Event Summary: CE 2024 Public Lecture Series

The Public Lecture Series, hosted by The Murphy Institute’s Center for Ethics, serves as a vital platform for intellectual exchange, where scholars and practitioners from a broad range of intellectual and professional disciplines and concerned citizens can engage with pressing ethical questions. For the 2024 Public Lecture Series, the Center for Ethics hosted three internationally known scholars who delivered public lectures at Tulane: Jonathan Simon of UC Berkley’s School of Law, who discussed ways to stem mass incarceration; Beatriz Magaloni of Standford University’s Department of Political Science and Freeman Spogli Institute for International Studies investigated humane policing; and Subramanian Rangan of INSEAD, the global business school founded in Fontainebleau, France, who explored how we can restore fairness to the economic system.

The Center for Ethics Public Lectures are free and open to the public.


Jonathan Simon: “Building the Carceral Cathedral: What history can teach us about how (and how hard it is) to shrink the carceral state”

On January 19, 2024, the Center for Ethics commenced its 2024 Lecture Series with a talk by Jonathan Simon, the Lance Robbins Professor of Criminal Justice Law at the University of California, Berkeley. Professor Simon’s research delves into the intricate interplay between crime, criminal justice, and contemporary societies, as well as the historical context of interdisciplinary legal studies.

In his lecture, Prof. Simon dissected the origins of mass incarceration in the United States. He challenged prevailing myths—such as the notion of racial governance—that underpin our modern punitive systems. By debunking these myths, he advocates for a path toward dismantling current incarceration practices.

The audience, comprising undergraduate and law students, faculty from diverse academic disciplines including law, philosophy, economics, history, and sociology, and local legal practitioners enjoyed engaging with Simon’s insights. This lecture was co-sponsored by Tulane University’s Department of History.


Beatriz Magaloni: “Challenges in Creating More Humane & Equitable Policing: A Focus on the Global South”

On March 8th, the Center for Ethics hosted the year’s second public lecture featuring Beatriz Magaloni, a distinguished scholar working in the intersection of political science, criminology, and the political economy of development. As a Professor in Stanford University’s Department of Political Science and a Senior Fellow at the Freeman Spogli Institute for International Studies (FSI), Magaloni's research addresses critical issues related to state repression, police violence, and human rights.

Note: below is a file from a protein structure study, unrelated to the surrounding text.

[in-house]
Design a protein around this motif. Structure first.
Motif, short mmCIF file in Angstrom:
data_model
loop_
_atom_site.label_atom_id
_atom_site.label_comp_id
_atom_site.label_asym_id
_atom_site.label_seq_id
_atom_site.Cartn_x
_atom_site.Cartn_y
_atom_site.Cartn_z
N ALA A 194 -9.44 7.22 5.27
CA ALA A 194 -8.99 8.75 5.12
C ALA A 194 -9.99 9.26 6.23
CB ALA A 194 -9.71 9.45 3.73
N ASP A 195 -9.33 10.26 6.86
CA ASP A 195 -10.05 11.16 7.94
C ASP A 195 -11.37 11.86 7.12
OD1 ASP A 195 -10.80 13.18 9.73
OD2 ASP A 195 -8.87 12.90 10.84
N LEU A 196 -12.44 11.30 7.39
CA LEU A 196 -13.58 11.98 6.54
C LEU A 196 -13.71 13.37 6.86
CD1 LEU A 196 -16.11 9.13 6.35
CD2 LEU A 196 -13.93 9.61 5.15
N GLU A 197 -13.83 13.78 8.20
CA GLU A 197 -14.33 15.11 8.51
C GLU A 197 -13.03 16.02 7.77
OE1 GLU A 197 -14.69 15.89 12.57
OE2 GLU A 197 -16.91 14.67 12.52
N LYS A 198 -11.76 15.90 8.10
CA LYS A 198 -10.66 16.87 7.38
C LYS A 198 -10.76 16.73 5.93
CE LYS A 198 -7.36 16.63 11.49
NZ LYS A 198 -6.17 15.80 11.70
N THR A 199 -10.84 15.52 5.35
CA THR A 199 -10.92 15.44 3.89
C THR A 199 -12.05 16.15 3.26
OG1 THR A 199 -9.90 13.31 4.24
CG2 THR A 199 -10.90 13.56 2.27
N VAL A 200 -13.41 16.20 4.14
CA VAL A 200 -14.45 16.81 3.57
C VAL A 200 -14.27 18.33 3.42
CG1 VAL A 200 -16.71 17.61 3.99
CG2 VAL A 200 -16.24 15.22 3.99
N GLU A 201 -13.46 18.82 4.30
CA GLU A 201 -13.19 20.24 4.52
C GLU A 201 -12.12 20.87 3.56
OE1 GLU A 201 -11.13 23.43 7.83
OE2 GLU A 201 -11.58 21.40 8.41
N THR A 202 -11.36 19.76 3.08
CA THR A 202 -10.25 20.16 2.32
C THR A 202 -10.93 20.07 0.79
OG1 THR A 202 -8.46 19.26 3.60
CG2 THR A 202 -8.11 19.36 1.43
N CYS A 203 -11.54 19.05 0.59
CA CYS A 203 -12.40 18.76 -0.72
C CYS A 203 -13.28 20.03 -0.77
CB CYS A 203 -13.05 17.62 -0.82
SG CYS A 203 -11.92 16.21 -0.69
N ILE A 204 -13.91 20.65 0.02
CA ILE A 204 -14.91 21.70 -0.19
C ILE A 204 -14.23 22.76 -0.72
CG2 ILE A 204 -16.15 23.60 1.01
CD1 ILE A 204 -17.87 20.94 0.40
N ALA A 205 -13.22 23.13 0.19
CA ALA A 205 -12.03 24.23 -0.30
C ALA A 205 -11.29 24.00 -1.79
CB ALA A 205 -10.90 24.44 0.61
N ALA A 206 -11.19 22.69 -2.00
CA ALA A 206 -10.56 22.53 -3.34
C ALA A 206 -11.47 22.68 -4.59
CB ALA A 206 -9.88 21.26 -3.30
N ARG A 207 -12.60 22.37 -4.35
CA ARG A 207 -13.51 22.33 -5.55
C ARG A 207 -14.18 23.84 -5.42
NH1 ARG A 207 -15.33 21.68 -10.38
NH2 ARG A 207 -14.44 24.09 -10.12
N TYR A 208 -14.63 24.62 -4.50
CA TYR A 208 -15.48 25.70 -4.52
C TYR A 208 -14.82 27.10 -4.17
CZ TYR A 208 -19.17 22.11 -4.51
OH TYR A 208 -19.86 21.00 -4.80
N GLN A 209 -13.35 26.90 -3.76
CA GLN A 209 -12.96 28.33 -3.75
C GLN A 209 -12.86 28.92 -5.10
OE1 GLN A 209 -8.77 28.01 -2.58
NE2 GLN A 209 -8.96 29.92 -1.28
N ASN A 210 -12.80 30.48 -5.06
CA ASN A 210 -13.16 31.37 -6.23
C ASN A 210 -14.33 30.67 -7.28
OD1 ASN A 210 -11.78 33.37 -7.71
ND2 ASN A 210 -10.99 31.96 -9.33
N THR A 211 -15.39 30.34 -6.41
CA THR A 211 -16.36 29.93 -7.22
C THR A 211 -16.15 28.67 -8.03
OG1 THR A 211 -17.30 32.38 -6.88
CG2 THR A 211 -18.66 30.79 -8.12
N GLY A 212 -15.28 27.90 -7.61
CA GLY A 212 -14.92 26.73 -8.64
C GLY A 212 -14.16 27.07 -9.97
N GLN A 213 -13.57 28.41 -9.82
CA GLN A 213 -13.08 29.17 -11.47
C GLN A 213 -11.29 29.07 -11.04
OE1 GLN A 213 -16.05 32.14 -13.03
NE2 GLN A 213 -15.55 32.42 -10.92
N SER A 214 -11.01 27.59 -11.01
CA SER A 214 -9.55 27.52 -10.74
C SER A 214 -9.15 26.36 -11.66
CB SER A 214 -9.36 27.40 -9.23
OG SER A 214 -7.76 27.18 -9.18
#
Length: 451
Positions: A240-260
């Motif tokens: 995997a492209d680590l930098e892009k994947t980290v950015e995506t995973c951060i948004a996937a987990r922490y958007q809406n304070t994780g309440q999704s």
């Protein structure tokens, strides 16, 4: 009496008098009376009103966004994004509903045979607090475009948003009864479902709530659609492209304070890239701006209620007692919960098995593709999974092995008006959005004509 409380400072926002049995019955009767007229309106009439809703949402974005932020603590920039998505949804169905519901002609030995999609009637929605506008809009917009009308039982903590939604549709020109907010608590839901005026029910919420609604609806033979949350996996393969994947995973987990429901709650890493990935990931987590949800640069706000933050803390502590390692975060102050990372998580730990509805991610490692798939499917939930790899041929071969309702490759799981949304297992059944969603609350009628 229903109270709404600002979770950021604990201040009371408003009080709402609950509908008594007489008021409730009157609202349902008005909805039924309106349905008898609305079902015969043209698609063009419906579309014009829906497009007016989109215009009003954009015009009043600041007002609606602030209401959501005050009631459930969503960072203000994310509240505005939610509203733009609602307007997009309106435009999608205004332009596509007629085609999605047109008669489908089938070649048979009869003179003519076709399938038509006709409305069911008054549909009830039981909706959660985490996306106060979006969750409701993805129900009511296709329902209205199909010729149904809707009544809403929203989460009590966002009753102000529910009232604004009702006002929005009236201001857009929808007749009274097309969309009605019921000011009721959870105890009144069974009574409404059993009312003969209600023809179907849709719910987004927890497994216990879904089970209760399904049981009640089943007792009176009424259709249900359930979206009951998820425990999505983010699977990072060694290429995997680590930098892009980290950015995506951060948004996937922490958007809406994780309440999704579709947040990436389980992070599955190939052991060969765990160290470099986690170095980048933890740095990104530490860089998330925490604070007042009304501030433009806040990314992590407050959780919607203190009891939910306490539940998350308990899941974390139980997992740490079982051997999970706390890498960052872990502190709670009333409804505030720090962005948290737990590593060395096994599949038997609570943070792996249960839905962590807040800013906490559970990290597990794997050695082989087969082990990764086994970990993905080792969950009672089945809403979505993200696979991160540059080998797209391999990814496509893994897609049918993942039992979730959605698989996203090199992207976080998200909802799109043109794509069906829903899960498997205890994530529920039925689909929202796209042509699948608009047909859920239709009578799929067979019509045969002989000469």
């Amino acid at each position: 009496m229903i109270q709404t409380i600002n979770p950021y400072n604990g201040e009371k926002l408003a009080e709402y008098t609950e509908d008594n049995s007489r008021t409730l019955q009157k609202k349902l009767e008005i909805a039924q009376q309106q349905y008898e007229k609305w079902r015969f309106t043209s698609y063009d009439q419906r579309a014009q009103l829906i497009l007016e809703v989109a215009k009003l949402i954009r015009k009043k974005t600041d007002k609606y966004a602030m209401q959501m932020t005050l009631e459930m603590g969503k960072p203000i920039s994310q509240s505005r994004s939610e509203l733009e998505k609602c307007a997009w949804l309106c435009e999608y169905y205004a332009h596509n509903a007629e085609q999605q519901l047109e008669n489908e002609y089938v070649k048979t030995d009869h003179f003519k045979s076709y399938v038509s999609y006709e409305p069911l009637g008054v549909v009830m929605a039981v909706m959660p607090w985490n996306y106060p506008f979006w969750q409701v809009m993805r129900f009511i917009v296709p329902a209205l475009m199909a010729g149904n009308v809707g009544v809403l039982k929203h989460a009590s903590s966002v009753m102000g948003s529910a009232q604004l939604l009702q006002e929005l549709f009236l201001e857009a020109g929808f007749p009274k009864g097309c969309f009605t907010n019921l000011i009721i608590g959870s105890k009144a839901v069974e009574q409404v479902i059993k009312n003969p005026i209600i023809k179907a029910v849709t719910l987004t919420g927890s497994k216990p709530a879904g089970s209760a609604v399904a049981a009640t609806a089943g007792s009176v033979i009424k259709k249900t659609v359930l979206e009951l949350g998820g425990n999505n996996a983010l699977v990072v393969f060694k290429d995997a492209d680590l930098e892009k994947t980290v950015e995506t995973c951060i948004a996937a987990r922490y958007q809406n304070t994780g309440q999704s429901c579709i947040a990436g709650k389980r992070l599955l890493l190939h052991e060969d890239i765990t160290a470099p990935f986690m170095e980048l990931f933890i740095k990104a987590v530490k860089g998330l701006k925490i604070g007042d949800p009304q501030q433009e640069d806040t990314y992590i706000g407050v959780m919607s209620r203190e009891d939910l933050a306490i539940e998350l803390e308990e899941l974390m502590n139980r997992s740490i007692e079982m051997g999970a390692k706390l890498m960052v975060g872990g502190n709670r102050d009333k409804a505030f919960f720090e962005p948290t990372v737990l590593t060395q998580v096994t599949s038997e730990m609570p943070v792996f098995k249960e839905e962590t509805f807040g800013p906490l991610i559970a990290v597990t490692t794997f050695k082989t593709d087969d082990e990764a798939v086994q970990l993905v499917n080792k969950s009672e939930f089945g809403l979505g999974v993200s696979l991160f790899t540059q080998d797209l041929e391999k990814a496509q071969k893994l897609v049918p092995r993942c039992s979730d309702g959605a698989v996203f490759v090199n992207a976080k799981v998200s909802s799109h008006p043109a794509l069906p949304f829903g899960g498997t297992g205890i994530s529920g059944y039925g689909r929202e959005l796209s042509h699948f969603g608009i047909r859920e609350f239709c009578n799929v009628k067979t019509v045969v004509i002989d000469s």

In her lecture, which was sponsored by Tulane’s Department of Political Science and The Center for Inter-American Policy Research, Magaloni explored the challenges posed to instituting more humane policing, focusing on the Global South, particularly upon Mexico and Brazil.


Subramanian Rangan: “The Pareto Trap: How Fairness Got Sacrificed at the Altar of Efficiency and How We Might Resurrect It”

On April 19, The Murphy Institute’s Center for Ethics hosted 2023-2024’s third Public Lecture featuring Subramanian Rangan, Professor of Strategy and Management and the Abu Dhabi Crown Prince Court Endowed Chair of Societal Progress at INSEAD, the global business school located in Fontainebleau, France. Prof. Rangan’s research explores the evolution of capitalism and in particular how enterprises and all economic actors may better integrate performance and progress. Prof. Rangan also investigates the political sociology of discrimination of foreign transnational firms and these firms’ non-market strategies.

Professor Rangan’s work at the intersection of business, economics, political and moral philosophy, sociology and psychology is critical to advancing global, interdisciplinary conversations on economic prosperity, fairness, and well-being. In his lecture, Rangan explored various systems that society constructed to regulate social interdependence: the biosystem; the cultural system; the economic system; and the political system. We have, claims Rangan, lost our trust in the economic system because we see it as unfair. Through the course of his talk, Rangan expressed optimism as he considered ways that we might resurrect fairness to regain trust in the economic system to promote progress in terms of both prosperity and social well-being. This event was co-sponsored by The Altman Program in International Studies & Business, The A.B. Freeman School of Business’ Albert Lepage Center for Entrepreneurship & Innovation, and 89.9 WWNO.